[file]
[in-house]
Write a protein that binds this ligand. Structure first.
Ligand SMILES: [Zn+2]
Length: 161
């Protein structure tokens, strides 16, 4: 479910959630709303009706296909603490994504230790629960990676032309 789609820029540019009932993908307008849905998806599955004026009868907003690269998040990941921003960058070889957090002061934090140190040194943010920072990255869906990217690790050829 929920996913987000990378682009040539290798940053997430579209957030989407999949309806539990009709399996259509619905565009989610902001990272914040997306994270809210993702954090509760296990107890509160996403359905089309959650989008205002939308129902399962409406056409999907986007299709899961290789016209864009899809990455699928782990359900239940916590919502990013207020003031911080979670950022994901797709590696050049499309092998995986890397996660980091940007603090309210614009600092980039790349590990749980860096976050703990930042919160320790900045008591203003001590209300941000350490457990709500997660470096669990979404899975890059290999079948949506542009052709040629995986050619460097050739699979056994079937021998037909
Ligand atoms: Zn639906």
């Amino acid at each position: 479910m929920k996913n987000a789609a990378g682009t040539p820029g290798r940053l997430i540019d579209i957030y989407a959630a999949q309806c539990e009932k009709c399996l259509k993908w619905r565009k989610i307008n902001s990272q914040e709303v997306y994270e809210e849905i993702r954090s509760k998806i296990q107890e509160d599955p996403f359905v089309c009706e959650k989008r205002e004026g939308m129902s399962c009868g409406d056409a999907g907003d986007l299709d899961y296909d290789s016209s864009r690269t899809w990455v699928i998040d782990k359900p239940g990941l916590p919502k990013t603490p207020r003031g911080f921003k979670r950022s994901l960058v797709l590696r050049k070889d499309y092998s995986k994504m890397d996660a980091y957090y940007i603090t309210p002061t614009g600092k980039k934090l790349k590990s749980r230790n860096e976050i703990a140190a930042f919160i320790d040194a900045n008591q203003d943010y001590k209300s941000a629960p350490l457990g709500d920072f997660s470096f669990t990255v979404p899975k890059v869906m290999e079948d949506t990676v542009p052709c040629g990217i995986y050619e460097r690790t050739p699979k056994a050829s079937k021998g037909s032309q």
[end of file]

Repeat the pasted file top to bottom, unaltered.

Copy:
[in-house]
Write a protein that binds this ligand. Structure first.
Ligand SMILES: [Zn+2]
Length: 161
């Protein structure tokens, strides 16, 4: 479910959630709303009706296909603490994504230790629960990676032309 789609820029540019009932993908307008849905998806599955004026009868907003690269998040990941921003960058070889957090002061934090140190040194943010920072990255869906990217690790050829 929920996913987000990378682009040539290798940053997430579209957030989407999949309806539990009709399996259509619905565009989610902001990272914040997306994270809210993702954090509760296990107890509160996403359905089309959650989008205002939308129902399962409406056409999907986007299709899961290789016209864009899809990455699928782990359900239940916590919502990013207020003031911080979670950022994901797709590696050049499309092998995986890397996660980091940007603090309210614009600092980039790349590990749980860096976050703990930042919160320790900045008591203003001590209300941000350490457990709500997660470096669990979404899975890059290999079948949506542009052709040629995986050619460097050739699979056994079937021998037909
Ligand atoms: Zn639906």
């Amino acid at each position: 479910m929920k996913n987000a789609a990378g682009t040539p820029g290798r940053l997430i540019d579209i957030y989407a959630a999949q309806c539990e009932k009709c399996l259509k993908w619905r565009k989610i307008n902001s990272q914040e709303v997306y994270e809210e849905i993702r954090s509760k998806i296990q107890e509160d599955p996403f359905v089309c009706e959650k989008r205002e004026g939308m129902s399962c009868g409406d056409a999907g907003d986007l299709d899961y296909d290789s016209s864009r690269t899809w990455v699928i998040d782990k359900p239940g990941l916590p919502k990013t603490p207020r003031g911080f921003k979670r950022s994901l960058v797709l590696r050049k070889d499309y092998s995986k994504m890397d996660a980091y957090y940007i603090t309210p002061t614009g600092k980039k934090l790349k590990s749980r230790n860096e976050i703990a140190a930042f919160i320790d040194a900045n008591q203003d943010y001590k209300s941000a629960p350490l457990g709500d920072f997660s470096f669990t990255v979404p899975k890059v869906m290999e079948d949506t990676v542009p052709c040629g990217i995986y050619e460097r690790t050739p699979k056994a050829s079937k021998g037909s032309q």